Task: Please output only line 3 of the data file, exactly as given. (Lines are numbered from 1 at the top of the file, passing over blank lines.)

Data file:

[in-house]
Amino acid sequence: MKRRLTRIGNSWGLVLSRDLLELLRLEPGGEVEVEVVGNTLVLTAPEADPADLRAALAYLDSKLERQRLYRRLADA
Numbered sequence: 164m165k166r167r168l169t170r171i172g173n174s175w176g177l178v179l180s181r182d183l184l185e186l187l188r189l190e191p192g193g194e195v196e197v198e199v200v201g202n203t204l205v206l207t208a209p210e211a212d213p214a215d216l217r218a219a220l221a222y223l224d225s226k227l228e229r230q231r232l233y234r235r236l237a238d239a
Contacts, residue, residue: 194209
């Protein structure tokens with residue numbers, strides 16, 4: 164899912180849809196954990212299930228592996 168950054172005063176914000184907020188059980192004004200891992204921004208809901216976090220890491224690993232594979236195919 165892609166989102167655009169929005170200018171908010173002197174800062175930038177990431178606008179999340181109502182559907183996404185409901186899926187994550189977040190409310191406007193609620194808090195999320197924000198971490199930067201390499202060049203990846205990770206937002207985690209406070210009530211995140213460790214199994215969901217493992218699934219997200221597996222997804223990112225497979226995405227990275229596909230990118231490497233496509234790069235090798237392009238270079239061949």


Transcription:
Numbered sequence: 164m165k166r167r168l169t170r171i172g173n174s175w176g177l178v179l180s181r182d183l184l185e186l187l188r189l190e191p192g193g194e195v196e197v198e199v200v201g202n203t204l205v206l207t208a209p210e211a212d213p214a215d216l217r218a219a220l221a222y223l224d225s226k227l228e229r230q231r232l233y234r235r236l237a238d239a